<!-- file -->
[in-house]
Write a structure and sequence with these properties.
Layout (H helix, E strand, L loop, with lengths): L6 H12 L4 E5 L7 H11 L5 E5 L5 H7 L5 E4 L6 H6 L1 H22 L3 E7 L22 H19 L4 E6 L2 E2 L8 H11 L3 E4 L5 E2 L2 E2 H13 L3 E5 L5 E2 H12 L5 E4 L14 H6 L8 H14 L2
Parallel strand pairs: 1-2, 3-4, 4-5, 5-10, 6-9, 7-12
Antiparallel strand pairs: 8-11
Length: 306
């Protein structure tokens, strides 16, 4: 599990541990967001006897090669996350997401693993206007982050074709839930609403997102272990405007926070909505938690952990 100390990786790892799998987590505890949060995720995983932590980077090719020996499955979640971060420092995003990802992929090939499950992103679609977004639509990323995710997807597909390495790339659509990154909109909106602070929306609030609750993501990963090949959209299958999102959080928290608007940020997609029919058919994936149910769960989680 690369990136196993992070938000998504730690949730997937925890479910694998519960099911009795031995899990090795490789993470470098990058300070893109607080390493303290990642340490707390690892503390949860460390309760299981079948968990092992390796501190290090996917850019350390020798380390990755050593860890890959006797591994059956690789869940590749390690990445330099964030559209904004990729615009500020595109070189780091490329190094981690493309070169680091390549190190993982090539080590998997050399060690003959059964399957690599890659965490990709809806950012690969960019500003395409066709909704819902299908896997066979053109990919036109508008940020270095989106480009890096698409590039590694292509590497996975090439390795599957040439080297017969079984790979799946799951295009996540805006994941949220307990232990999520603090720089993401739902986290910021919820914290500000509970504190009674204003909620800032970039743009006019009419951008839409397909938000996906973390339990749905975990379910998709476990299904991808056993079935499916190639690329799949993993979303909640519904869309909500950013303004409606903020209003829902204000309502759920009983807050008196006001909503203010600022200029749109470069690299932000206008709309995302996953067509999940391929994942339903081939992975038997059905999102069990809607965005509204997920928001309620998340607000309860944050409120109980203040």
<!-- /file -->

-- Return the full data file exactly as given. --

[in-house]
Write a structure and sequence with these properties.
Layout (H helix, E strand, L loop, with lengths): L6 H12 L4 E5 L7 H11 L5 E5 L5 H7 L5 E4 L6 H6 L1 H22 L3 E7 L22 H19 L4 E6 L2 E2 L8 H11 L3 E4 L5 E2 L2 E2 H13 L3 E5 L5 E2 H12 L5 E4 L14 H6 L8 H14 L2
Parallel strand pairs: 1-2, 3-4, 4-5, 5-10, 6-9, 7-12
Antiparallel strand pairs: 8-11
Length: 306
């Protein structure tokens, strides 16, 4: 599990541990967001006897090669996350997401693993206007982050074709839930609403997102272990405007926070909505938690952990 100390990786790892799998987590505890949060995720995983932590980077090719020996499955979640971060420092995003990802992929090939499950992103679609977004639509990323995710997807597909390495790339659509990154909109909106602070929306609030609750993501990963090949959209299958999102959080928290608007940020997609029919058919994936149910769960989680 690369990136196993992070938000998504730690949730997937925890479910694998519960099911009795031995899990090795490789993470470098990058300070893109607080390493303290990642340490707390690892503390949860460390309760299981079948968990092992390796501190290090996917850019350390020798380390990755050593860890890959006797591994059956690789869940590749390690990445330099964030559209904004990729615009500020595109070189780091490329190094981690493309070169680091390549190190993982090539080590998997050399060690003959059964399957690599890659965490990709809806950012690969960019500003395409066709909704819902299908896997066979053109990919036109508008940020270095989106480009890096698409590039590694292509590497996975090439390795599957040439080297017969079984790979799946799951295009996540805006994941949220307990232990999520603090720089993401739902986290910021919820914290500000509970504190009674204003909620800032970039743009006019009419951008839409397909938000996906973390339990749905975990379910998709476990299904991808056993079935499916190639690329799949993993979303909640519904869309909500950013303004409606903020209003829902204000309502759920009983807050008196006001909503203010600022200029749109470069690299932000206008709309995302996953067509999940391929994942339903081939992975038997059905999102069990809607965005509204997920928001309620998340607000309860944050409120109980203040």